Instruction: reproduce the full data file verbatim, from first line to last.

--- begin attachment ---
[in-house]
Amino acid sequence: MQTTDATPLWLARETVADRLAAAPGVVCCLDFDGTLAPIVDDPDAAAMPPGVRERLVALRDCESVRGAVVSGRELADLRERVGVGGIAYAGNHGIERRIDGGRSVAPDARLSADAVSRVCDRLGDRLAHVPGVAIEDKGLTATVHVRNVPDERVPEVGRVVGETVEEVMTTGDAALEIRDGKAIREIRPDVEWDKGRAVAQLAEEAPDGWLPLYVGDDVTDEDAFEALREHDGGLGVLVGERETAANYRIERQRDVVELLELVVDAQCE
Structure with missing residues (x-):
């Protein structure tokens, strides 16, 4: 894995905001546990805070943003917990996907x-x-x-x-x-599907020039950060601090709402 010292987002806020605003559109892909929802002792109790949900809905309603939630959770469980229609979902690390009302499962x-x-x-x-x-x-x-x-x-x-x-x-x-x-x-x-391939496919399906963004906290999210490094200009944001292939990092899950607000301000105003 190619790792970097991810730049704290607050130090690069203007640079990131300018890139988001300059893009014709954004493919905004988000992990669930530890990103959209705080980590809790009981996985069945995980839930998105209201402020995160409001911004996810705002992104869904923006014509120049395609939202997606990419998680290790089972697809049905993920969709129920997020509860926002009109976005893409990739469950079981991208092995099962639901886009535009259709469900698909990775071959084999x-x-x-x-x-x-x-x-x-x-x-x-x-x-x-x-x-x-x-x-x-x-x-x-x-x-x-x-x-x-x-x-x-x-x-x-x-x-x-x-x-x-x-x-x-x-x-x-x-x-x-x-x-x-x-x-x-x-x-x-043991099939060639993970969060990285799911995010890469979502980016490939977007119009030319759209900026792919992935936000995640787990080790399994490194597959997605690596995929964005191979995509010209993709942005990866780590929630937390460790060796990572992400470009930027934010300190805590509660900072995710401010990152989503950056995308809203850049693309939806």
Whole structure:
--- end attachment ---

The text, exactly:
[in-house]
Amino acid sequence: MQTTDATPLWLARETVADRLAAAPGVVCCLDFDGTLAPIVDDPDAAAMPPGVRERLVALRDCESVRGAVVSGRELADLRERVGVGGIAYAGNHGIERRIDGGRSVAPDARLSADAVSRVCDRLGDRLAHVPGVAIEDKGLTATVHVRNVPDERVPEVGRVVGETVEEVMTTGDAALEIRDGKAIREIRPDVEWDKGRAVAQLAEEAPDGWLPLYVGDDVTDEDAFEALREHDGGLGVLVGERETAANYRIERQRDVVELLELVVDAQCE
Structure with missing residues (x-):
């Protein structure tokens, strides 16, 4: 894995905001546990805070943003917990996907x-x-x-x-x-599907020039950060601090709402 010292987002806020605003559109892909929802002792109790949900809905309603939630959770469980229609979902690390009302499962x-x-x-x-x-x-x-x-x-x-x-x-x-x-x-x-391939496919399906963004906290999210490094200009944001292939990092899950607000301000105003 190619790792970097991810730049704290607050130090690069203007640079990131300018890139988001300059893009014709954004493919905004988000992990669930530890990103959209705080980590809790009981996985069945995980839930998105209201402020995160409001911004996810705002992104869904923006014509120049395609939202997606990419998680290790089972697809049905993920969709129920997020509860926002009109976005893409990739469950079981991208092995099962639901886009535009259709469900698909990775071959084999x-x-x-x-x-x-x-x-x-x-x-x-x-x-x-x-x-x-x-x-x-x-x-x-x-x-x-x-x-x-x-x-x-x-x-x-x-x-x-x-x-x-x-x-x-x-x-x-x-x-x-x-x-x-x-x-x-x-x-x-043991099939060639993970969060990285799911995010890469979502980016490939977007119009030319759209900026792919992935936000995640787990080790399994490194597959997605690596995929964005191979995509010209993709942005990866780590929630937390460790060796990572992400470009930027934010300190805590509660900072995710401010990152989503950056995308809203850049693309939806």
Whole structure: